Warehouse Clubs: The most convenient one for you
As I mentioned earlier, Sarah and I are Sam’s Club members, simply because there isn’t a Costco or BJ’s close enough to our home to warrant a membership. I can drive about 15 minutes to one Sam’s Club and about 20 minutes to another one, while the nearest Costco is an hour away.
Having said that, I’ve shopped at Costco and BJ’s in the past and… honestly… the differences between the three warehouse clubs in terms of the shopping experience and prices is pretty minimal, enough so that if I lived near all three of them, I’d probably choose one out of pure convenience and use that for most bulk buys.
What if they were exactly equal in terms of convenience? I’d slightly lean toward Costco because of their employment practices, but factors like large crowds at one versus small crowds at another would be enough to sway me in a different direction, as I prefer not to wait in checkout lanes or have to wait to go down crowded aisles.
All warehouse clubs, in the end, offer the same thing: they offer strong prices on bulk buys of many product types, though the prices aren’t constantly better than your local discount grocery store. You have to shop at both and watch the prices.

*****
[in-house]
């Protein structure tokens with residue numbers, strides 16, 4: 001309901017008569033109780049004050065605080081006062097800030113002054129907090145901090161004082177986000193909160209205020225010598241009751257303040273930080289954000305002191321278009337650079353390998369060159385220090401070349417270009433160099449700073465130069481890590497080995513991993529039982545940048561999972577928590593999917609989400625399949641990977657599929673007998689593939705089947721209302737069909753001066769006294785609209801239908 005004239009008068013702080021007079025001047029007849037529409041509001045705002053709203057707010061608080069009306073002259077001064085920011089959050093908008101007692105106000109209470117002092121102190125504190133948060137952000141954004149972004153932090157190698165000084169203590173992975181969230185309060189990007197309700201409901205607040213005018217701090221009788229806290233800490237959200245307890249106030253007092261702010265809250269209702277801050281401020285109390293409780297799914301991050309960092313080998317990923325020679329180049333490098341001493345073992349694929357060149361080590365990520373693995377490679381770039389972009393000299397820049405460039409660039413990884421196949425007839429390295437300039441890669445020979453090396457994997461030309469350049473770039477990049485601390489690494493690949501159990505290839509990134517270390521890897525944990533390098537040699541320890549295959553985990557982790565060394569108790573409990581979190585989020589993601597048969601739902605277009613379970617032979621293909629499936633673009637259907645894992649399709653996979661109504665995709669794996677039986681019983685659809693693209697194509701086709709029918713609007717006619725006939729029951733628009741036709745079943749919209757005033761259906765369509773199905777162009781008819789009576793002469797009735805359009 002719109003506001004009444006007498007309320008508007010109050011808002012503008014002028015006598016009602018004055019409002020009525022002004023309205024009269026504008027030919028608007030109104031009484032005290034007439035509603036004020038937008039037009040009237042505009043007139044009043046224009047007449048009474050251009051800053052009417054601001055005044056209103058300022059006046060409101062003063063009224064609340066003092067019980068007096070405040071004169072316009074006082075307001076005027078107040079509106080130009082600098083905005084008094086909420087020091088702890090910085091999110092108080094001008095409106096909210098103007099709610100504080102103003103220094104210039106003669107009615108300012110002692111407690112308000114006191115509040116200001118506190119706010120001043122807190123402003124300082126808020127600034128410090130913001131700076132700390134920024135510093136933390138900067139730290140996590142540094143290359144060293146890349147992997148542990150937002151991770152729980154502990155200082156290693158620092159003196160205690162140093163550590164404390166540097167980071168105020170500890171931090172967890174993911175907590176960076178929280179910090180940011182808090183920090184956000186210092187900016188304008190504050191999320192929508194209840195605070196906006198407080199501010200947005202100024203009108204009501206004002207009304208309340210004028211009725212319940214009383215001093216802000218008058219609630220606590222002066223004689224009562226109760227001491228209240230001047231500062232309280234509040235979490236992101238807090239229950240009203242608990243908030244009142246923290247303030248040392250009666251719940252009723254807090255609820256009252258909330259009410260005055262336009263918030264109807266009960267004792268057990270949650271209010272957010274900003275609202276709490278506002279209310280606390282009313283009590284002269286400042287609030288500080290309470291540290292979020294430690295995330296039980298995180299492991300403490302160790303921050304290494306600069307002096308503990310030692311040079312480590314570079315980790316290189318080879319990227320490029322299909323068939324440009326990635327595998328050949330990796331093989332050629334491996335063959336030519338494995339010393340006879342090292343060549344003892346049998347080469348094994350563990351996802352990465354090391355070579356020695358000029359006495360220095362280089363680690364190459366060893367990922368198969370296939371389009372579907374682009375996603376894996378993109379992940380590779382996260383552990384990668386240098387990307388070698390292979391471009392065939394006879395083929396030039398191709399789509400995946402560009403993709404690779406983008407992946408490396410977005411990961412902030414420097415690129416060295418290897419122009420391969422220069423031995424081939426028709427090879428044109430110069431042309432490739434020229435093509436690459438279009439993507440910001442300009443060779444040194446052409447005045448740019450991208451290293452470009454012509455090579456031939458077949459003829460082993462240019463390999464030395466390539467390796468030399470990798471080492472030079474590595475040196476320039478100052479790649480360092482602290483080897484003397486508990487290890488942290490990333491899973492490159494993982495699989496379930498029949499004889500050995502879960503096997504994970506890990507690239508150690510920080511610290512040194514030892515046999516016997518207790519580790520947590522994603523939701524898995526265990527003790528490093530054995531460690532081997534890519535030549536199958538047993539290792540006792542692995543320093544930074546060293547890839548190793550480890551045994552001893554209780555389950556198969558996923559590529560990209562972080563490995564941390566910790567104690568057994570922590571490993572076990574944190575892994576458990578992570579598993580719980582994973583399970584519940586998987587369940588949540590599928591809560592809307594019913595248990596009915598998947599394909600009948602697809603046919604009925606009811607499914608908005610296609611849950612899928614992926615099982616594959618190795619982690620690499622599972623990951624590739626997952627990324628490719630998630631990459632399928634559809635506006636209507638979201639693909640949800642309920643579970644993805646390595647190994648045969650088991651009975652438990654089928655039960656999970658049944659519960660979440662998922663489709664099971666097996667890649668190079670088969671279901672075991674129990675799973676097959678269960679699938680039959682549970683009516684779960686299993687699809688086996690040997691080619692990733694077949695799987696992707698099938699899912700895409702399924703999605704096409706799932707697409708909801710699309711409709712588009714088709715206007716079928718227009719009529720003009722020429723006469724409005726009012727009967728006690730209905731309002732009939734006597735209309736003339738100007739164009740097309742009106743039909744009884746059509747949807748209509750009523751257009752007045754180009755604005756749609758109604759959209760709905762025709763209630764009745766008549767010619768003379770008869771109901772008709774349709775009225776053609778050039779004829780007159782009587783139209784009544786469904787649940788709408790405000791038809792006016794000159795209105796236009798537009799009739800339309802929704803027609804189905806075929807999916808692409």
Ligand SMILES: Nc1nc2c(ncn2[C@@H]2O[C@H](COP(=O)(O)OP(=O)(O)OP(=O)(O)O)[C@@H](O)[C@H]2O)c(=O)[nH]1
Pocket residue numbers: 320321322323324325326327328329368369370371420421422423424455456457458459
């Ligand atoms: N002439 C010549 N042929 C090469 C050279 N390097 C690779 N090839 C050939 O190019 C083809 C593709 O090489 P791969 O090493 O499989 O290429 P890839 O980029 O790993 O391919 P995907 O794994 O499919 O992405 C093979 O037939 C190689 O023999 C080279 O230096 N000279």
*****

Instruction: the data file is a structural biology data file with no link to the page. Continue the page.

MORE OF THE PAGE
Wines: Charles Shaw Blend Cabernet Sauvignon (red, $2.99 per bottle) or Charles Shaw Pinot Grigio (white, $2.99 per bottle), both available from Trader Joe’s
Colloquially known as “two-buck Chuck” or “three-buck Chuck,” the Charles Shaw store brand of wine from Trader Joe’s is what I call good to very good wine at a spectacularly low price, with the blend cabernet being the best red wine option and the pinot grigio being the best white option to my taste buds. I would have no hesitation serving these wines at dinner parties if there were no other options (meaning a guest didn’t bring a bottle), and I’m happy to have them on hand for family meals, as Sarah and I will often enjoy a glass of wine with dinner. With these bottles, it reduces the cost of a glass of wine well below a dollar.
Now, are these the best wines in the world? Absolutely not. Are they pretty good wines that are very consistent and pair well with lots of meals? Absolutely.
If there is interest, I might make this into a semi-regular feature on Money360. If there’s a particular product type you’d like me to look at, please and send a quick message, which is the most effective way to reach me.